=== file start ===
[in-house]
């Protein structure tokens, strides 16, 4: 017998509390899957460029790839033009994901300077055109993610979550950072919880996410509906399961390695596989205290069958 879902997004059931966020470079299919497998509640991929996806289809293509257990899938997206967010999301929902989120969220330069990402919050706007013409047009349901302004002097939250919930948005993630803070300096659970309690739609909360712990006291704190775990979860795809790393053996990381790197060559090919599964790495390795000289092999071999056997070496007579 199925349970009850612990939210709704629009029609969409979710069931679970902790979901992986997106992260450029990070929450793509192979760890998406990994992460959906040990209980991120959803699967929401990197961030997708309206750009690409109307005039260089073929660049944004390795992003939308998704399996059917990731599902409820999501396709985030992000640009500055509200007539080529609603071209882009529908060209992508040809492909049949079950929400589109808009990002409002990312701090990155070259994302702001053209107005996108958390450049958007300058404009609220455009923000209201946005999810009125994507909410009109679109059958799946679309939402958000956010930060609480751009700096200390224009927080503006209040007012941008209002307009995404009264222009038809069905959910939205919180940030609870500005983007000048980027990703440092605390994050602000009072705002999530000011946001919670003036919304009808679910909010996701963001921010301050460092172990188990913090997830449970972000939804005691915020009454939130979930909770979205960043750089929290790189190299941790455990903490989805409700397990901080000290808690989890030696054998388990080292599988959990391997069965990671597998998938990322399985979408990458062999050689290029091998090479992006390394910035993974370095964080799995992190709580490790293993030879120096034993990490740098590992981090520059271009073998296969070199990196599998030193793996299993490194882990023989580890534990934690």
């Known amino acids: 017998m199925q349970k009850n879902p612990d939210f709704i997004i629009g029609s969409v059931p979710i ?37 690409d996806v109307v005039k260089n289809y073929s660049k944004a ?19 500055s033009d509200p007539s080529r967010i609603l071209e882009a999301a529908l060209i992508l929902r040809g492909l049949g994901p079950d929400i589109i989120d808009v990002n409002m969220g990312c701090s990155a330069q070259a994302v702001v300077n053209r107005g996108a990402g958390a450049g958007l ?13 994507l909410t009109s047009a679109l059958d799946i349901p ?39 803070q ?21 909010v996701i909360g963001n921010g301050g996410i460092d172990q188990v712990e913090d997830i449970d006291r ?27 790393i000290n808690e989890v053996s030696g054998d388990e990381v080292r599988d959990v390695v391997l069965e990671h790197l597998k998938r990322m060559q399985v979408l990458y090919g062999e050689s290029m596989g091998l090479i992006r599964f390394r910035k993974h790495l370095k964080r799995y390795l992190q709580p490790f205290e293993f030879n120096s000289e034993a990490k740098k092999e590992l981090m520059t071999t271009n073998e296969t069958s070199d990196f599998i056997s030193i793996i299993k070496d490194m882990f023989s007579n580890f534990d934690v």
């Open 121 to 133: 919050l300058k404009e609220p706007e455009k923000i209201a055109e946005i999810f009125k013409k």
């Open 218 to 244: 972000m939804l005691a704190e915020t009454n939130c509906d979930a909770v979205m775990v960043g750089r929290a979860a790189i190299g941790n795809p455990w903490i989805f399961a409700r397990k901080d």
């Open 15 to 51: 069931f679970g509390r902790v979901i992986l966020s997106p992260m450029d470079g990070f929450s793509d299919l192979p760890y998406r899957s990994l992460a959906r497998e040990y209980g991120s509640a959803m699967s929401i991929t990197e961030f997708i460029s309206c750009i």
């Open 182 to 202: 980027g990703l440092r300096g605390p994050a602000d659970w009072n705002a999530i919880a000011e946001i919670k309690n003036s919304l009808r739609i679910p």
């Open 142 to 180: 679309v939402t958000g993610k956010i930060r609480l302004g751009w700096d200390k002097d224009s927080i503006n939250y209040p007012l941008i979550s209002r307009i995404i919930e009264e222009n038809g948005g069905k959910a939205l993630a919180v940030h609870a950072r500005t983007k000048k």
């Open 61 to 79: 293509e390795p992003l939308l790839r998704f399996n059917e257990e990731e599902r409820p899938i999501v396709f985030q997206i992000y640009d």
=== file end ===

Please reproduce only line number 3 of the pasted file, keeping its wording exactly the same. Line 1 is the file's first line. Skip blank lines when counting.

């Known amino acids: 017998m199925q349970k009850n879902p612990d939210f709704i997004i629009g029609s969409v059931p979710i ?37 690409d996806v109307v005039k260089n289809y073929s660049k944004a ?19 500055s033009d509200p007539s080529r967010i609603l071209e882009a999301a529908l060209i992508l929902r040809g492909l049949g994901p079950d929400i589109i989120d808009v990002n409002m969220g990312c701090s990155a330069q070259a994302v702001v300077n053209r107005g996108a990402g958390a450049g958007l ?13 994507l909410t009109s047009a679109l059958d799946i349901p ?39 803070q ?21 909010v996701i909360g963001n921010g301050g996410i460092d172990q188990v712990e913090d997830i449970d006291r ?27 790393i000290n808690e989890v053996s030696g054998d388990e990381v080292r599988d959990v390695v391997l069965e990671h790197l597998k998938r990322m060559q399985v979408l990458y090919g062999e050689s290029m596989g091998l090479i992006r599964f390394r910035k993974h790495l370095k964080r799995y390795l992190q709580p490790f205290e293993f030879n120096s000289e034993a990490k740098k092999e590992l981090m520059t071999t271009n073998e296969t069958s070199d990196f599998i056997s030193i793996i299993k070496d490194m882990f023989s007579n580890f534990d934690v």